From a British perspective, the consolidation of bilateral relations with Japan is part of its tilt towards a comprehensive Indo-Pacific strategy. This trend became particularly pronounced following Dominic Raab’s visits to Vietnam and South Korea in September 2020.  Following his return to the UK, Raab emphasised the growing importance of the Indo-Pacific region for both the UK and the G7 in a set of issues ranging from economic cooperation to the COVID-19 pandemic in an October 2020 House of Commons Foreign Affairs Committee meeting. It has been argued by some that such a shift in British foreign policy represents a wider ‘Global Britain’ paradigm which is also supplemented by a changing view of China as a threat. While this ‘Global Britain’ strategy has been deemed by an expert writing for the Kremlin-affiliated Russian International Affairs Council (RIAC) as a ‘neo-Victorian’ and ‘imperialist’ project fuelled by a romanticisation of the UK’s colonial past and potentially unsavoury intentions, such myths can be easily dispelled. First, many prospective partners are not former British colonial subjects. Vietnam, with which the United Kingdom-Vietnam Free Trade Agreement was signed in December 2020, is in fact a former French colonial possession. In the context of UK-Japan bilateral relations under the ‘Global Britain’ framework, Japan was along with Thailand never colonised by an external power. The ‘Global Britain’ approach is not merely an instrument for the UK to conduct trade and cooperation with its Commonwealth partners, but rather to transcend pre-existing formats.  Second, it is natural for any state to pursue cooperation with other states, be it economic or political, regardless of the nature of their respective histories. This has been demonstrated by the work of scholars such as Duncan Snidal, who has shown through his work on the concept of “constant returns” that there is a tendency for the benefits of inter-state cooperation between any two states to be proportional to their respective sizes and also to be shared equally.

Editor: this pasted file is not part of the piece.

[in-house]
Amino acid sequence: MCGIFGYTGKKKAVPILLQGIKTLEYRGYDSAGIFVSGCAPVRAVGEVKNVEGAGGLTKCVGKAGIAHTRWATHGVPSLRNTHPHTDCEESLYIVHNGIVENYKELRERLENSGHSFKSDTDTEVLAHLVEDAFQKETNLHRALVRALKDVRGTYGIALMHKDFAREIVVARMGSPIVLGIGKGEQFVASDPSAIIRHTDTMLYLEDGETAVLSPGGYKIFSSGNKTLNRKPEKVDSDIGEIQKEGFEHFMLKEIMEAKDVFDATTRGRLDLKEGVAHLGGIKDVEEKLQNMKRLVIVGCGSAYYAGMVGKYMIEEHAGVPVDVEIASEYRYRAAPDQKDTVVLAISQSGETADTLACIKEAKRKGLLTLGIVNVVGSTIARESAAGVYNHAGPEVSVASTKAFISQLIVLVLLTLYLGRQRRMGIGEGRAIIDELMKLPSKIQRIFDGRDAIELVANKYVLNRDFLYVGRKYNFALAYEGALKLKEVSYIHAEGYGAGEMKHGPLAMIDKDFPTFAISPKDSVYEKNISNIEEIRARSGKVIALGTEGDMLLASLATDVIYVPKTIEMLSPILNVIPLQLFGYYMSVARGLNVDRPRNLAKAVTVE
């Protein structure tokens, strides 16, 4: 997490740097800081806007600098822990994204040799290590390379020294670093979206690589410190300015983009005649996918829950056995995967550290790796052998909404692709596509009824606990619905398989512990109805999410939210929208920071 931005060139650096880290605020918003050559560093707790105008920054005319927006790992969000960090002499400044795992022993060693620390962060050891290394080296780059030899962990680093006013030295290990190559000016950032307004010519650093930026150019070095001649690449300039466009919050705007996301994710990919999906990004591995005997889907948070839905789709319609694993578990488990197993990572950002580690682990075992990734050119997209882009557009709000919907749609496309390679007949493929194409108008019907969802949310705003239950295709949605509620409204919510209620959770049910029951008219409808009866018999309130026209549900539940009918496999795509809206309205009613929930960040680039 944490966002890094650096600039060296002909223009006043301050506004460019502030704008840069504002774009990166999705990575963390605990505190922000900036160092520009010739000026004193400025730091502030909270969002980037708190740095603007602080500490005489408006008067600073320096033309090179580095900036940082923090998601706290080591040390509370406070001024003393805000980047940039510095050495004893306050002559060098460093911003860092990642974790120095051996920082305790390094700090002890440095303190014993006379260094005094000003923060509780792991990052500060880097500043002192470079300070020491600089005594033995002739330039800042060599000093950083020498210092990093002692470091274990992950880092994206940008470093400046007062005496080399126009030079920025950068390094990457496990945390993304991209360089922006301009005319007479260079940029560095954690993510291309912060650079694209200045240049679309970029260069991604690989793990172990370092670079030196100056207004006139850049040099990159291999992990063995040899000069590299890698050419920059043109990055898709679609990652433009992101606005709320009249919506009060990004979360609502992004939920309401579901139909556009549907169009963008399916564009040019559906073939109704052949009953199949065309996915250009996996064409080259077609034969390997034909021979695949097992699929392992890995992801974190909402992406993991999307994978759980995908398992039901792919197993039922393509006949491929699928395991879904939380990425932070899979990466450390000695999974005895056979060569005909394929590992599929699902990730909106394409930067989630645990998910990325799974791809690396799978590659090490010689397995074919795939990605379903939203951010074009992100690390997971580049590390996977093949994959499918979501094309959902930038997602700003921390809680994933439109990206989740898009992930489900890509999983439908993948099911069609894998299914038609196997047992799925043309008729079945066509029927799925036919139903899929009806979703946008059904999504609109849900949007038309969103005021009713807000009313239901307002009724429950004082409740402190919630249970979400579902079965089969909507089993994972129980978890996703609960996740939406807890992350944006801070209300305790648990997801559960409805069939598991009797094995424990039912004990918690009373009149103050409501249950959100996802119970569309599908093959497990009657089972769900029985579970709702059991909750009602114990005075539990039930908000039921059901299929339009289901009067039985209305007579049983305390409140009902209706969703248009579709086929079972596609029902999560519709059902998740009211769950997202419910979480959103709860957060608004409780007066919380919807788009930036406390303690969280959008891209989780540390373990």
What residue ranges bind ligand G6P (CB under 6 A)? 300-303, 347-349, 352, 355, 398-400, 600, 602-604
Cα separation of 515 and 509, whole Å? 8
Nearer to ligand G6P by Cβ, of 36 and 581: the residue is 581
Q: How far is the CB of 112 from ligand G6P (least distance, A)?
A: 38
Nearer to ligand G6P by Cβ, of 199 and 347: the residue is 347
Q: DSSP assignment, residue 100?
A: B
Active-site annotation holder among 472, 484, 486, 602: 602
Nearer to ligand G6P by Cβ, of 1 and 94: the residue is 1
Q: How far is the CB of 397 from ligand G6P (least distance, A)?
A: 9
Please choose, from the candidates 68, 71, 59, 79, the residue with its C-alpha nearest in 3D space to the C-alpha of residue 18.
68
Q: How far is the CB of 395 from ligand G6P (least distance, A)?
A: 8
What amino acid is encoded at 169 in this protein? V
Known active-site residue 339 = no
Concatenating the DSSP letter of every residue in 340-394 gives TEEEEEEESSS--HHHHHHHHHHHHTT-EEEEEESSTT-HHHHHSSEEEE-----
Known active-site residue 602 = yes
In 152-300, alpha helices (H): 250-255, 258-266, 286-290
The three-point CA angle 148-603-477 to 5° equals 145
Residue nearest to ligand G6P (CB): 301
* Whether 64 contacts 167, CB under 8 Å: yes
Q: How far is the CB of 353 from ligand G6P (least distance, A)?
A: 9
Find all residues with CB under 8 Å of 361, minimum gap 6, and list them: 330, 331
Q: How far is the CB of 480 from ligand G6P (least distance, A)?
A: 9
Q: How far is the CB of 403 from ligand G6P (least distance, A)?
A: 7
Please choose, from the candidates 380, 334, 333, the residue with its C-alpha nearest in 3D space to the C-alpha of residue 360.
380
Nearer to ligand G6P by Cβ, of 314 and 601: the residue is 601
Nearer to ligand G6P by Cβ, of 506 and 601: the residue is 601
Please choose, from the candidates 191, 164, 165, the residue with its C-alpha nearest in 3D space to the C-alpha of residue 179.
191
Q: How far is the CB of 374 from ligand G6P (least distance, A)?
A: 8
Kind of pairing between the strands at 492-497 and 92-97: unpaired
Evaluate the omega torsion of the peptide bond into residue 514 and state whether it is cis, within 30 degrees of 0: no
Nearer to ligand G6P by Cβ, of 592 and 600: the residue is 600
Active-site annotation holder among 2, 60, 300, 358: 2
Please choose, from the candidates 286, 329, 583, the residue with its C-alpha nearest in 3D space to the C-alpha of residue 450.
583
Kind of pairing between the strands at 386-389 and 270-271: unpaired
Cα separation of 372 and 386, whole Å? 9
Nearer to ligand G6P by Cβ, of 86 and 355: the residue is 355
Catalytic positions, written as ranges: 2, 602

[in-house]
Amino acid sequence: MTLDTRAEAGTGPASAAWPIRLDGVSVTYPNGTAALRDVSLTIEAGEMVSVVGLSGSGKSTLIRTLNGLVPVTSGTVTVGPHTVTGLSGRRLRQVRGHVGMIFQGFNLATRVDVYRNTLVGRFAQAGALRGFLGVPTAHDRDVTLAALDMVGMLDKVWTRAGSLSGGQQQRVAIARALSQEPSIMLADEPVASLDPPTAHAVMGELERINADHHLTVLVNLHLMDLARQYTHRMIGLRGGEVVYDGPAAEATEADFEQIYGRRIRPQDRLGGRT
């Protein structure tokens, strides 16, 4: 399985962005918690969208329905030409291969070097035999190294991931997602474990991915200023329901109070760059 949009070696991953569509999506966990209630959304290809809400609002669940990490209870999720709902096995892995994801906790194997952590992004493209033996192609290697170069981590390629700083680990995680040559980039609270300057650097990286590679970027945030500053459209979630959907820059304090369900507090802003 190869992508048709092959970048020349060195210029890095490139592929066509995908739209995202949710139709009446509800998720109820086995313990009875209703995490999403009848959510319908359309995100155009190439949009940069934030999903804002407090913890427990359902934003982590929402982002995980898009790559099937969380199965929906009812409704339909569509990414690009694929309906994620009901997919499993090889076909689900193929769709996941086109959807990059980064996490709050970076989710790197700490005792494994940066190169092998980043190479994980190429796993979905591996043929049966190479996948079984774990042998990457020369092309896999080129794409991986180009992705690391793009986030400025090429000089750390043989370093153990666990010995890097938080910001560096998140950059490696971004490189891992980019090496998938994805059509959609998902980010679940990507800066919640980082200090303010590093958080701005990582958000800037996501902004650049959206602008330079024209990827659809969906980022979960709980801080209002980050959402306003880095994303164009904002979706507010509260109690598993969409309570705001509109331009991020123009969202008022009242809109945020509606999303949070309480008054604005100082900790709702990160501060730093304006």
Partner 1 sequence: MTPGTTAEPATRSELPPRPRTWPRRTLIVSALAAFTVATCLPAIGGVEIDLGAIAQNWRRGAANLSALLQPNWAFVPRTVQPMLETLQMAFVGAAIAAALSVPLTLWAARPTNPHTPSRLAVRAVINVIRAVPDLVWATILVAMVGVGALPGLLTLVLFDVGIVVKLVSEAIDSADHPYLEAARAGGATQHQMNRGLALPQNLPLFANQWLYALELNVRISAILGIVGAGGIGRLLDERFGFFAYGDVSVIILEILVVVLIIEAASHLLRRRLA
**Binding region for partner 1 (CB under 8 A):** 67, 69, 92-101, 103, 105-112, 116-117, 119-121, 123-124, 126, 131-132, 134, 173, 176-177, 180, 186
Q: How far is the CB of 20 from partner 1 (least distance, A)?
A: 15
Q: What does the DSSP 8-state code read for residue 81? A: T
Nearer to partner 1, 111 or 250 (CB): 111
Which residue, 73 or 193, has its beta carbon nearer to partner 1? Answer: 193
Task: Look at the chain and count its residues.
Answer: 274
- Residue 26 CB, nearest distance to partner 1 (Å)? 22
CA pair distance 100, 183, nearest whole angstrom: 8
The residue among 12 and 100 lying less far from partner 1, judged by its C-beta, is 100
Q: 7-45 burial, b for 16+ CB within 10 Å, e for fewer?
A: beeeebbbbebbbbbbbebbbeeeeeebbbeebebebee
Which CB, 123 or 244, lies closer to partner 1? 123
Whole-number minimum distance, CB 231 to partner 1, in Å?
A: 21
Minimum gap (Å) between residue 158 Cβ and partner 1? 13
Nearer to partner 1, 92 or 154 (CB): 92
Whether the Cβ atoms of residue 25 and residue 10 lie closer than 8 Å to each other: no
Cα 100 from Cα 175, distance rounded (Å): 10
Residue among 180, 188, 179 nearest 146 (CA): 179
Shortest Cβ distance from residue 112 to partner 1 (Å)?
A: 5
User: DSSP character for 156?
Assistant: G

From a Japanese perspective, bilateral relations with the UK hold great importance from both a political and an economic point of view. The UK has been identified as a vital regional hub for Japanese soft power projection in Europe. Soft power resources, according to the cofounder of neoliberal IR theory and pioneer of the concept of ‘soft power’ Joseph S. Nye Jr., differs from ‘hard power’ in that it holds a more co-optive rather than coercive nature while resources include “cultural attraction, ideology, and international institutions”. The primary reason for soft power’s central position in Japanese foreign policy has been identified as Japan’s postwar pacifist constitution, which subsequently rendered it more difficult for Japan to develop its hard power resources. At least, this has been the case until the 2015 revision of the constitution’s Article 9 championed by the late Shinzo Abe, which in turn permitted the dispatch of Japanese military personnel to participate in combat missions overseas as well as allow more flexibility for collective self-defence. The importance of the UK for Japanese soft power projection became clear in the summer of 2018, when a ‘Japan House’ was opened in the Kensington area of London, serving as an establishment spreading knowledge of Japanese culture and technology through exhibitions and workshops. Moreover, the London Japan House is alongside its counterpart branches in Los Angeles and Sao Paulo administered by the Japanese Ministry of Foreign Affairs (MOFA).